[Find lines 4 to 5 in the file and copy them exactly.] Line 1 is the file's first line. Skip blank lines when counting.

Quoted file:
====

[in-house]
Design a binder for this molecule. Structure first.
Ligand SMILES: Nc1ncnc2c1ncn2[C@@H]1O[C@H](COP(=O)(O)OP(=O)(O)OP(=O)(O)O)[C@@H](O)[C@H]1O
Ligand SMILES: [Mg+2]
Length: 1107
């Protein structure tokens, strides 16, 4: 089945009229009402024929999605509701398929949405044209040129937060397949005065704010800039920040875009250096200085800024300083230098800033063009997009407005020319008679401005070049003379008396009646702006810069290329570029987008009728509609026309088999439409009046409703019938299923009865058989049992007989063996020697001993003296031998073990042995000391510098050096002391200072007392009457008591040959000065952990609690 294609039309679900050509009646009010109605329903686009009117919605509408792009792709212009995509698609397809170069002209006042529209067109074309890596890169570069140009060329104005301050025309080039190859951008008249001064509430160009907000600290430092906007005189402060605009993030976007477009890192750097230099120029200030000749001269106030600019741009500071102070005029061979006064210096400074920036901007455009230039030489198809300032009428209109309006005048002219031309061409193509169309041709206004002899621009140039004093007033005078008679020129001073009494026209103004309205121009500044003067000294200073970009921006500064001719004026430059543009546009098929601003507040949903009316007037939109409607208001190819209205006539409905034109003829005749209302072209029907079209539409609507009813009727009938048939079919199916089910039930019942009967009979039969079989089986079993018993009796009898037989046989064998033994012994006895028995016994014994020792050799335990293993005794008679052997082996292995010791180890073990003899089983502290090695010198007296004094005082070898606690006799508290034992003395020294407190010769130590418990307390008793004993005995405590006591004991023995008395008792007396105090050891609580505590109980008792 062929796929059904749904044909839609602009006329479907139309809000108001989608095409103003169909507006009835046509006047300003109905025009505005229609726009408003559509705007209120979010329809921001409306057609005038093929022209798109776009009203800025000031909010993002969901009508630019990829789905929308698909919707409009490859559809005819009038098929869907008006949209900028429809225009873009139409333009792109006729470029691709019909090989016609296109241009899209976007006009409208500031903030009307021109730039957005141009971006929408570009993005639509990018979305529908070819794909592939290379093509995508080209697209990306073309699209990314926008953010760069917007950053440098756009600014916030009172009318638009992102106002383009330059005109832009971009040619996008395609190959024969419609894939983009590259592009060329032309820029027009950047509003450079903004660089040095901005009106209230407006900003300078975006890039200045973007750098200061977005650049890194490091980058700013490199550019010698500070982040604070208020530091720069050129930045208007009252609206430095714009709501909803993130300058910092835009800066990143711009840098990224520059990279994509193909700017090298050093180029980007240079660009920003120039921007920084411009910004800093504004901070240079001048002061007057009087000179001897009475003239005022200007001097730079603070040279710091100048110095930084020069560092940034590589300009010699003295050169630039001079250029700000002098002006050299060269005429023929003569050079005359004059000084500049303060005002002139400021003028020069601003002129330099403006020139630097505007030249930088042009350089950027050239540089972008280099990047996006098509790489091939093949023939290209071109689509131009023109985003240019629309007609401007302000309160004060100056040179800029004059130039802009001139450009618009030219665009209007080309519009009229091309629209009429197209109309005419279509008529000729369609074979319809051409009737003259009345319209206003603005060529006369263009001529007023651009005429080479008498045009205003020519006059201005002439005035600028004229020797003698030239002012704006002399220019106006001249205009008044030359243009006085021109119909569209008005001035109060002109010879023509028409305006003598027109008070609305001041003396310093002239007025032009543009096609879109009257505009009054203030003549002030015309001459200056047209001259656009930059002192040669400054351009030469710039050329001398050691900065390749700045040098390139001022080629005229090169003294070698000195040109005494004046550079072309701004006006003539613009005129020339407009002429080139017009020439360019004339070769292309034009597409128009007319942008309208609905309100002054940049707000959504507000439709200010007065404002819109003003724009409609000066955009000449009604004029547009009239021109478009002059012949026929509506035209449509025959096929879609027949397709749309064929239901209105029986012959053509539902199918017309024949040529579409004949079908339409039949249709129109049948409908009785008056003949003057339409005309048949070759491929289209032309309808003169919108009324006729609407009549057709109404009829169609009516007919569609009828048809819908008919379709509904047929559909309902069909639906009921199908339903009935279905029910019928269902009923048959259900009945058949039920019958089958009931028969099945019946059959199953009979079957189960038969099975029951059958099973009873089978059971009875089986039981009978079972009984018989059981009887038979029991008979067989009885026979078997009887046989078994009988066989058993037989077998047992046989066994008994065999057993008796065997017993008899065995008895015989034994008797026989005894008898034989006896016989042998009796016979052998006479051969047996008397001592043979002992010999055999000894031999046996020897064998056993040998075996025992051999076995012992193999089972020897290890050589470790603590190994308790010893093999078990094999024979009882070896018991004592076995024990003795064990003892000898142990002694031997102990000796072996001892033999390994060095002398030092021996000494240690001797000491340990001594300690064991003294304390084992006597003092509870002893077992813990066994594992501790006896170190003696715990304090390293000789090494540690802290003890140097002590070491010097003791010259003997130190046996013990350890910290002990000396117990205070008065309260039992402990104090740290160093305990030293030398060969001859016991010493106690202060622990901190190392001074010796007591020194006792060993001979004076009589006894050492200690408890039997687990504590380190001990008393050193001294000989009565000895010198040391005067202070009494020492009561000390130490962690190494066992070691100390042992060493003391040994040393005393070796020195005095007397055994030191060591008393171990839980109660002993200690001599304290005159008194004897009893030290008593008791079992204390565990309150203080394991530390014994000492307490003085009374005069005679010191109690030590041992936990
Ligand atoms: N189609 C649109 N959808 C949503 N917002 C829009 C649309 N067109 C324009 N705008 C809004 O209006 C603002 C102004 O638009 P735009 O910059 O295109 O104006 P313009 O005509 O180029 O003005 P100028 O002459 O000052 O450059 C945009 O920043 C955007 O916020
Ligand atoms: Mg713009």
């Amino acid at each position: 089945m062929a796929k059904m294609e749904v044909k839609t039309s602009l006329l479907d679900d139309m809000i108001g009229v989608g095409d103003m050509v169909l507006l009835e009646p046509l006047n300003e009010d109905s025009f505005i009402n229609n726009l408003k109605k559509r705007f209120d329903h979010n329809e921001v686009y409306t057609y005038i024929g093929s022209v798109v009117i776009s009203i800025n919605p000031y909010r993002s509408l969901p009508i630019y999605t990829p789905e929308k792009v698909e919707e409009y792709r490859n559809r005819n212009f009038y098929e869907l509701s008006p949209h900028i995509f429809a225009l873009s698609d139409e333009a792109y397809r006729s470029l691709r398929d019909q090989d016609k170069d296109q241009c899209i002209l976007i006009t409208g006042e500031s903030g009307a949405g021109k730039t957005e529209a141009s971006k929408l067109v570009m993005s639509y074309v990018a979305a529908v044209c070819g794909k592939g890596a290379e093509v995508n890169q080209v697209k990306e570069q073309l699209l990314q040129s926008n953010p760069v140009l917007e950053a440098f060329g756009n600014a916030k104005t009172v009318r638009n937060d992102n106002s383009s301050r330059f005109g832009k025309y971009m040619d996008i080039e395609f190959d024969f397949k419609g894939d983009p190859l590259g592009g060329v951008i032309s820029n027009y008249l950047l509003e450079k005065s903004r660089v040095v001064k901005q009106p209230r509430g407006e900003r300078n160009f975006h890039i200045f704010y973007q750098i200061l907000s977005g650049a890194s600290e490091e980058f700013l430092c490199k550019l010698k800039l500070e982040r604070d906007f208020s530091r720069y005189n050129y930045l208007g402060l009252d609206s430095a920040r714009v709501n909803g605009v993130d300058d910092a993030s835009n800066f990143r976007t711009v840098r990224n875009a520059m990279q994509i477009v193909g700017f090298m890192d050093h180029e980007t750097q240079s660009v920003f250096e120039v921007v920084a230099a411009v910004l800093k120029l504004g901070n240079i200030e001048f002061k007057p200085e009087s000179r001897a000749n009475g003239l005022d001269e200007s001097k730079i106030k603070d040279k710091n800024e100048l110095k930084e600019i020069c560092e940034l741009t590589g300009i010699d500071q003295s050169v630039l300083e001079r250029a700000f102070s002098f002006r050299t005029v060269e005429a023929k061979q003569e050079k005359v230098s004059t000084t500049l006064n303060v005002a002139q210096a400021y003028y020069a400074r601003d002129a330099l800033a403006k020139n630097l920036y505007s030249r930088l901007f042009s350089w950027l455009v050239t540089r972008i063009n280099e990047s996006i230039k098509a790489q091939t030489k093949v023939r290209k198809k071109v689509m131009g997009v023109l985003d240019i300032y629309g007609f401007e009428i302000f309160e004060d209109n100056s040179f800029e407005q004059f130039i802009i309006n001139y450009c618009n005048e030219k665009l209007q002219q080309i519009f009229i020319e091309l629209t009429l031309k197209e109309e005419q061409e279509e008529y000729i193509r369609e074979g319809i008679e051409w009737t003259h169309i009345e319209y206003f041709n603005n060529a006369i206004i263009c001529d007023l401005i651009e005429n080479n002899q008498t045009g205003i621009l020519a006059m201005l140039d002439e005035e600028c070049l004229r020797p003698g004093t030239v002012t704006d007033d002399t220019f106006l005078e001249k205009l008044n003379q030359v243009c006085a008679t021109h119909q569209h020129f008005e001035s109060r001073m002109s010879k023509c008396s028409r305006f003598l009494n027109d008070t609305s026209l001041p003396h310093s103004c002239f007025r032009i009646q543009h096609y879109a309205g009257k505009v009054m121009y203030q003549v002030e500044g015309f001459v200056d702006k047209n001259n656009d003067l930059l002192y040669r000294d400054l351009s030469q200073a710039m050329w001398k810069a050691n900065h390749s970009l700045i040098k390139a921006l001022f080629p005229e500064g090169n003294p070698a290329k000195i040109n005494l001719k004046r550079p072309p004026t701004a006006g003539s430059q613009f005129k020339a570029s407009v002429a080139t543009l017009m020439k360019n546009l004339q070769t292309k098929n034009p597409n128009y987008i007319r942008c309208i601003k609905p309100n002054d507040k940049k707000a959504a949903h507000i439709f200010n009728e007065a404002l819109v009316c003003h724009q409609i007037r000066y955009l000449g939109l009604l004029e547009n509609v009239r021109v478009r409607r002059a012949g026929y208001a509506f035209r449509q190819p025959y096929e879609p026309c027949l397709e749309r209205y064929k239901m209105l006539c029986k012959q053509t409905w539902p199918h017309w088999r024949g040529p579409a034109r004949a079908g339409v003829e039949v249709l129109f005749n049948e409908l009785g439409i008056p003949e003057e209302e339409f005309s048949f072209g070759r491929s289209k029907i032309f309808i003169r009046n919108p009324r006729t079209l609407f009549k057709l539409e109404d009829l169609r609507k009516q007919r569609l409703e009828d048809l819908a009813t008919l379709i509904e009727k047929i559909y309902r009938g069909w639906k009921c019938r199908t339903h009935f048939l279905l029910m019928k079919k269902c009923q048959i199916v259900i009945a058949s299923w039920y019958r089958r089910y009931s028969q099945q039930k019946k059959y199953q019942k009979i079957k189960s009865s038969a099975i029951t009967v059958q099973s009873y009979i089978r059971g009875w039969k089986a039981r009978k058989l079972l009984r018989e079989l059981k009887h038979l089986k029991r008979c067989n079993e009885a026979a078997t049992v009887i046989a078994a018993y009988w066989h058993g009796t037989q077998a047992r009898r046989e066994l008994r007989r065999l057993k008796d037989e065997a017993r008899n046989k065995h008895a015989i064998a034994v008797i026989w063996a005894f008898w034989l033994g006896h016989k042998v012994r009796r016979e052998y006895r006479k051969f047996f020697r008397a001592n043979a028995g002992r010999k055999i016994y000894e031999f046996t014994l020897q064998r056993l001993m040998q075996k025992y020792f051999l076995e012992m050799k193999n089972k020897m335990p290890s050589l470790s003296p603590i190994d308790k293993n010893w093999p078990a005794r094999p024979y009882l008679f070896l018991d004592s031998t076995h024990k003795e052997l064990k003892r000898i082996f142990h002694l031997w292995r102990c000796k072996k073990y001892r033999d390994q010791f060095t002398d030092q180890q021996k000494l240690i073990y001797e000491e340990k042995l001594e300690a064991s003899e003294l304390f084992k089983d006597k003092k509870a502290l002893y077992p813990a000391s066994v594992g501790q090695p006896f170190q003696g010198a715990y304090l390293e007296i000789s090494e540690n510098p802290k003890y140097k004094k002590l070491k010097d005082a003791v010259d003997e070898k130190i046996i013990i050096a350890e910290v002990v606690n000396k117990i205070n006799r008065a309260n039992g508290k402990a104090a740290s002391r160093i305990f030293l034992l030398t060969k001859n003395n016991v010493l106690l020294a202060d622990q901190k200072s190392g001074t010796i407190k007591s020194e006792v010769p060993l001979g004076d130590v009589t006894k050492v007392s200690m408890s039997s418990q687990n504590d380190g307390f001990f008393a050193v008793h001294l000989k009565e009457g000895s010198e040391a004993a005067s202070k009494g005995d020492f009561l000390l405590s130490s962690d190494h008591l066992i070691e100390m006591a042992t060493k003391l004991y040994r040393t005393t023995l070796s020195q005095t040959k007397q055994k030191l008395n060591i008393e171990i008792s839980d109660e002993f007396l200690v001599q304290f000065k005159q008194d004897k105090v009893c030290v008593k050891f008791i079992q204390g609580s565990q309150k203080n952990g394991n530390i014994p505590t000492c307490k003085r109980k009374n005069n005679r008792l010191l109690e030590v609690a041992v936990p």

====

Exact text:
Ligand SMILES: [Mg+2]
Length: 1107